In the aftermath of the terrorist attacks, the French government rounded up a number of people sympathetic to the horror unleashed on the offices of Charlie Hebdo. All told, French police have arrested or are investigating around 100 individuals for making comments that support or attempt to justify the barbarity.

In the aftermath of the terrorist attacks, the French government rounded up a number of people sympathetic to the horror unleashed on the offices of Charlie Hebdo. All told, French police have arrested or are investigating around 100 individuals for making comments that support or attempt to justify the barbarity.


As the New York Times aptly observes, this raises a question about double standards in France. There apparently exists a double standard where cartoonists are free to disparage Islam, but Muslims are not free to voice their opinion —- morally abhorrent as it may be —- in support of the violence.


Therein lies the proverbial rub about free speech. The ethical canons of free speech require tolerance for the intolerable. Setting aside slander and liable, which are acts couched in falsehoods, the only acceptable limitation to free speech is a prohibition against that which poses a demonstrable harm to the public.


The key in the French situation lies in proving that the hate and vitriol espoused in the pro-terrorist reactions are in fact a real call to arms. For the sake of argument, let’s say they are. Banning such small-minded speech is an insult to an even more precious human right —- free will. This kind of law says that we are not smart enough to recognize lunacy when it’s laid bare before us.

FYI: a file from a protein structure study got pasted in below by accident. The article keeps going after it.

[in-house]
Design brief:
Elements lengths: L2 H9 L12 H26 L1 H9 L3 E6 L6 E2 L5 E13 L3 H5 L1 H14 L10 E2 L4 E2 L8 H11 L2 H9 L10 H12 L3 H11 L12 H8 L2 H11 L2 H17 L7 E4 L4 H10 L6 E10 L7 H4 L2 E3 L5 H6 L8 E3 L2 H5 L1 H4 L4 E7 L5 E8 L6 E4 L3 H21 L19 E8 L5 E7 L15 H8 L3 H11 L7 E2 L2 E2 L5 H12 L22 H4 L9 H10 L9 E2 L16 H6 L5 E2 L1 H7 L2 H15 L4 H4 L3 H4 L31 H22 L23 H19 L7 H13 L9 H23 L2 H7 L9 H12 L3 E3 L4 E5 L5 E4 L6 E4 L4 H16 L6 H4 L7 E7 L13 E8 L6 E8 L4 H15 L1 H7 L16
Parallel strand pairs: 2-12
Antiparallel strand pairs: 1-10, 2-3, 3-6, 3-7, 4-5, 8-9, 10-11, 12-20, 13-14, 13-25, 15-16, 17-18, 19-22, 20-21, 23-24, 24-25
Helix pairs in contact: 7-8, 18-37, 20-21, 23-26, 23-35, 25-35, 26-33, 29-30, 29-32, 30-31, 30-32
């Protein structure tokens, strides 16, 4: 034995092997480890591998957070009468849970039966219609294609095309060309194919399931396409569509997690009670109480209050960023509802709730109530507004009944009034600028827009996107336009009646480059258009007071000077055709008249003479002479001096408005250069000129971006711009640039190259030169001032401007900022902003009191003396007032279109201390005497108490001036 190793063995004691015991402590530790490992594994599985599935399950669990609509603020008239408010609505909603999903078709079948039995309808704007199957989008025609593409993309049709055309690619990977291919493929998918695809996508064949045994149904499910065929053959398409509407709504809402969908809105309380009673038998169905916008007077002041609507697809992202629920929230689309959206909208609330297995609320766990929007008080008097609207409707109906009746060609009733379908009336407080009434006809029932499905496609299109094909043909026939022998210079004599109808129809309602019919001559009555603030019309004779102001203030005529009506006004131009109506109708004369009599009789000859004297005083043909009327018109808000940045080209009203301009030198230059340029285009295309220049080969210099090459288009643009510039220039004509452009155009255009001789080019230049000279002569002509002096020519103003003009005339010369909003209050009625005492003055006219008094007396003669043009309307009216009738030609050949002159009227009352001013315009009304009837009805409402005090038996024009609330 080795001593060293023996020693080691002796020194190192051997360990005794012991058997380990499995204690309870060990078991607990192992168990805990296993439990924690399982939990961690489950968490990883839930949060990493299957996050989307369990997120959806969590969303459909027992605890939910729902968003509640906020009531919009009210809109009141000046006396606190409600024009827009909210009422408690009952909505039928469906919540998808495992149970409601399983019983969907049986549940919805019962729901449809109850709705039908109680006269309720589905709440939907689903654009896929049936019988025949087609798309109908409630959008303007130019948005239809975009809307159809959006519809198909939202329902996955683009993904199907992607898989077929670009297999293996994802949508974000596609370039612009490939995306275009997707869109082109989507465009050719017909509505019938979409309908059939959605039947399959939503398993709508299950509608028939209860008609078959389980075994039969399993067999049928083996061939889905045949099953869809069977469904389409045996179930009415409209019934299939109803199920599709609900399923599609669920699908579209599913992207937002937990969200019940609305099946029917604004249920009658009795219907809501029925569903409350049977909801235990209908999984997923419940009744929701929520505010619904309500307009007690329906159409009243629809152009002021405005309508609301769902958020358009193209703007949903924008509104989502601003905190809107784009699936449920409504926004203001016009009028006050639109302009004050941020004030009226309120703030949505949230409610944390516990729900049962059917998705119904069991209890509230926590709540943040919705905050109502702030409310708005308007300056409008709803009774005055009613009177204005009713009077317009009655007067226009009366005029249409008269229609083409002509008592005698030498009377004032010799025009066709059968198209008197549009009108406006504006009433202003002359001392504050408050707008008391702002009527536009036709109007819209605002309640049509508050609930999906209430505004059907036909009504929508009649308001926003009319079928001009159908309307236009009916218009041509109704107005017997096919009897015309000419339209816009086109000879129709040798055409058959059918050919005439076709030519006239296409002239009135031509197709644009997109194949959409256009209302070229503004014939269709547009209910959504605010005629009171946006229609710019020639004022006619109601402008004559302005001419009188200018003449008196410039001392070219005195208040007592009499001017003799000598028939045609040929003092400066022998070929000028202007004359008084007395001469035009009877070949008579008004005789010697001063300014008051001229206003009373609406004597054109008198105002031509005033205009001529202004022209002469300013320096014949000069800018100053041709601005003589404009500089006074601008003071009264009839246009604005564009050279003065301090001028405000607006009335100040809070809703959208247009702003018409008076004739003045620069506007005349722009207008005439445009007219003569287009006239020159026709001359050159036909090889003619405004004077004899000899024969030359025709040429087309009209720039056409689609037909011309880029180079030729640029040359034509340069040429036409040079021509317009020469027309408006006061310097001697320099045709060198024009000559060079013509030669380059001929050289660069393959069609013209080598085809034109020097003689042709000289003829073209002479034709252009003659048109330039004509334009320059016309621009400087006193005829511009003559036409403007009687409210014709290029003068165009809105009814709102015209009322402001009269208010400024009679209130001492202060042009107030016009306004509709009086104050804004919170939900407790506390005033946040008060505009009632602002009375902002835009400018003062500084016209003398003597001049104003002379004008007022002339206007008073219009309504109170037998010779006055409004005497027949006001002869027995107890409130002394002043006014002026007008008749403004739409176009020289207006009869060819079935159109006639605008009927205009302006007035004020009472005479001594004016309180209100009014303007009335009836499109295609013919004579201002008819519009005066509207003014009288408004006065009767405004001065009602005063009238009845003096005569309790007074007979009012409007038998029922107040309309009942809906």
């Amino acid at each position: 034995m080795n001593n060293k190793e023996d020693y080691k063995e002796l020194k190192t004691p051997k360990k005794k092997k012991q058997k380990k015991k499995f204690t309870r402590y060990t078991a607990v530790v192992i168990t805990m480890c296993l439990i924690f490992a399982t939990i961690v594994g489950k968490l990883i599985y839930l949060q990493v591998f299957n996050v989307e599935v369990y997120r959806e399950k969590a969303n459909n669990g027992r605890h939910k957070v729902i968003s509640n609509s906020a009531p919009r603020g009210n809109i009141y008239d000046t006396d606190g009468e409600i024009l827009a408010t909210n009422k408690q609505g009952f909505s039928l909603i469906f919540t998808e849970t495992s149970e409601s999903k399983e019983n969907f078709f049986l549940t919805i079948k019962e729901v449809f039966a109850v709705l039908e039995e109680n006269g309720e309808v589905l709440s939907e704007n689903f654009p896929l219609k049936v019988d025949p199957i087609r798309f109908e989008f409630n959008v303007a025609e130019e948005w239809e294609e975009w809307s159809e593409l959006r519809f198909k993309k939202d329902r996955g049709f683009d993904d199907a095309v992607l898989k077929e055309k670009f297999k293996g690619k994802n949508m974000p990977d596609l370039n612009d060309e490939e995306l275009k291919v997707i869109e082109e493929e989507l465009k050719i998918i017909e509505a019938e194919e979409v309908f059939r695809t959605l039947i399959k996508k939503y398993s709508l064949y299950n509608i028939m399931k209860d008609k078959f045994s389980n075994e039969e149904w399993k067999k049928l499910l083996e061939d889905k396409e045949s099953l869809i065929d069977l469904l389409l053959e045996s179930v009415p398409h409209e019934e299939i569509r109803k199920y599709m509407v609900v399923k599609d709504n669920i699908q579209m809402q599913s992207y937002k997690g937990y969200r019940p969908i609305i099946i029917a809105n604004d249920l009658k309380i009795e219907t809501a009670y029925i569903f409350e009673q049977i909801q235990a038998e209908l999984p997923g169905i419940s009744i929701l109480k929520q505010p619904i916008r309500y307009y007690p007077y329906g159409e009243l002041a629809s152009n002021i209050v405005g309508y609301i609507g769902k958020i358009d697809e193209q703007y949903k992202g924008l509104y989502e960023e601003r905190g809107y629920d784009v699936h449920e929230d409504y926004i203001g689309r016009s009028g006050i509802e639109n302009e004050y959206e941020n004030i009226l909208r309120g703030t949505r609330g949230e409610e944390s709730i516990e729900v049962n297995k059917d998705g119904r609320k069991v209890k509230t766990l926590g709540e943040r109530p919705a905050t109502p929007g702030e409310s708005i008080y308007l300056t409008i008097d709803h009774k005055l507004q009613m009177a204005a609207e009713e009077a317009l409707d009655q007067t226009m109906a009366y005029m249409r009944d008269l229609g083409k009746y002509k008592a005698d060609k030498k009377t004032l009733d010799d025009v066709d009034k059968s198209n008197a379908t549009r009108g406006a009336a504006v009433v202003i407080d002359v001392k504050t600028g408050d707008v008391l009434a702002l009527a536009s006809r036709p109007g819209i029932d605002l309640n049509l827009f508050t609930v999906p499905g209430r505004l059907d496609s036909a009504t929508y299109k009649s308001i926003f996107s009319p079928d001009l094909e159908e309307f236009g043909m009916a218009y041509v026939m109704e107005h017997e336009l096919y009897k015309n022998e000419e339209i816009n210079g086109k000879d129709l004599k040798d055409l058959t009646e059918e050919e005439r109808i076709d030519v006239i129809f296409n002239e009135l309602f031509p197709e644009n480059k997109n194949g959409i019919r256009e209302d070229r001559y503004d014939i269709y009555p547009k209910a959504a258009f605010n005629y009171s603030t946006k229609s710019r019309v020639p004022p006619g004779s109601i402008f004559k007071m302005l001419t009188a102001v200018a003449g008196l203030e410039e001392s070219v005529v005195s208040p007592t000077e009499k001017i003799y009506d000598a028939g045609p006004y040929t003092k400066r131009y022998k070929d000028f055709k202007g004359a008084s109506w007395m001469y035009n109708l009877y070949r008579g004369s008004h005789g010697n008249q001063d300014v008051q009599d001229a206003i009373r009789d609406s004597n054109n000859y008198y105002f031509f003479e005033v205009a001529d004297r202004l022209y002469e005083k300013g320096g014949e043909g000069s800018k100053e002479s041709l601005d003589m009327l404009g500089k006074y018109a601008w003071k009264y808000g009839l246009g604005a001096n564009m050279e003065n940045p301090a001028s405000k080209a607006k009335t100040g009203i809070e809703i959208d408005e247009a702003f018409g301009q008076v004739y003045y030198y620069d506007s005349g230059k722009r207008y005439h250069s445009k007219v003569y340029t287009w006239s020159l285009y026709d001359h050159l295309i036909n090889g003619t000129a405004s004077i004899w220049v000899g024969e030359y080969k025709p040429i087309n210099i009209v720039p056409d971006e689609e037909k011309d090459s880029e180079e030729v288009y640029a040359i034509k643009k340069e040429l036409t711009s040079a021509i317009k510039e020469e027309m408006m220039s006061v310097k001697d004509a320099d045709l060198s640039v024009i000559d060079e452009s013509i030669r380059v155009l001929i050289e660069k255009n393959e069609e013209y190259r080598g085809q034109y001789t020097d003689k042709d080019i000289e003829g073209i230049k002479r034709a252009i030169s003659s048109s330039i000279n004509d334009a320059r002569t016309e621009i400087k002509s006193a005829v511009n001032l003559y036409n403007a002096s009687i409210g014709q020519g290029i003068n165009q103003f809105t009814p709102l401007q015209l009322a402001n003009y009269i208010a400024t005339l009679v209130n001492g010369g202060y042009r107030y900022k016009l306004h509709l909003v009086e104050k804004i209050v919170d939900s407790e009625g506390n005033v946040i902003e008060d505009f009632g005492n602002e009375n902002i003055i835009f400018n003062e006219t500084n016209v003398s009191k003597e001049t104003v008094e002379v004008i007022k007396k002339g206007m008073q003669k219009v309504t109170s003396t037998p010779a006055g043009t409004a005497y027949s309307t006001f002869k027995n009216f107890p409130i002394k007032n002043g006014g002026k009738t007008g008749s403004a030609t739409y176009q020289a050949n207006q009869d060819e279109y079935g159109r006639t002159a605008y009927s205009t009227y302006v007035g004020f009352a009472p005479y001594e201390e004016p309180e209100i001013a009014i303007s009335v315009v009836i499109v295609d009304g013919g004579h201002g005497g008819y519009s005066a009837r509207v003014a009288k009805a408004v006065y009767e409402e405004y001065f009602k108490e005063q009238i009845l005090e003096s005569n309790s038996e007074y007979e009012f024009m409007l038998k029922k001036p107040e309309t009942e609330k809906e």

"But what if this hate speech is just the push the weak-minded need to incite violence?" If it were, then we better find a means to preapprove all public speech, because there are a whole lot impressionable idiots out in the wild.


A lit match can illuminate the darkness and it can a start a forest fire. By the French logic, we should ban matches because you never know who’ll light one with evil in their heart.


Of course we don’t have to throw transatlantic stones. Every state in the U.S. has a law addressing the problem of disorderly conduct. Disorderly conduct statutes are by their nature and design vague. They are a catchall for disposal of persons engaged in what noted criminologist Egon Bittner describes as, "something-that-ought-not-to-be-happening-and-about-which-somone-had-better-do-something-now!"


In my home state, Arkansas, the disorderly conduct law opens with, "A person commits the offense of disorderly conduct if, with the purpose to cause public inconvenience, annoyance, or alarm or recklessly creating a risk of public inconvenience, annoyance, or alarm, he or she…" and then it goes on to enumerate a number of situations in which certain acts would be prohibited. Some of these are on face valid. One shouldn’t be permitted to expose their genitals, nor should they be allowed to obstruct traffic or fight in public; but then we get to a much grayer and subjective set of prohibitions, "(3) In a public place, uses abusive or obscene language, or makes an obscene gesture, in a manner likely to provoke a violent or disorderly response; (4) Disrupts or disturbs any lawful assembly or meeting of persons."


What constitutes public obscenity is one of the most enduring legal debates of the modern era, and disruption of a lawful assembly could in the extreme, mean revocation of the right to confront one’s government. More to the point, if the Ku Klux Klan marches down Main Street, do we really want to ban people from jeering and heckling the pointy-headed morons?


Then there’s subsection eight, "In a public place, mars, defiles, desecrates, or otherwise damages a patriotic or religious symbol that is an object of respect by the public or a substantial segment of the public."


I don’t want to see the flag burned or the image of Jesus defiled, but if we protect those sacred things because they are "an object of respect by… a substantial segment of the public" then don’t we also have to ban the fools who paint Hitler mustaches on pictures of Pres. Obama? Like him or not, he is an object of respect by a substantial portion of the public.


Protected speech isn’t easy because it’s a moving target. We need some fetter on public expression just like we need restrictions on disorderly conduct, but lines like the French have drawn only serve to circumscribe freedom, not villainy.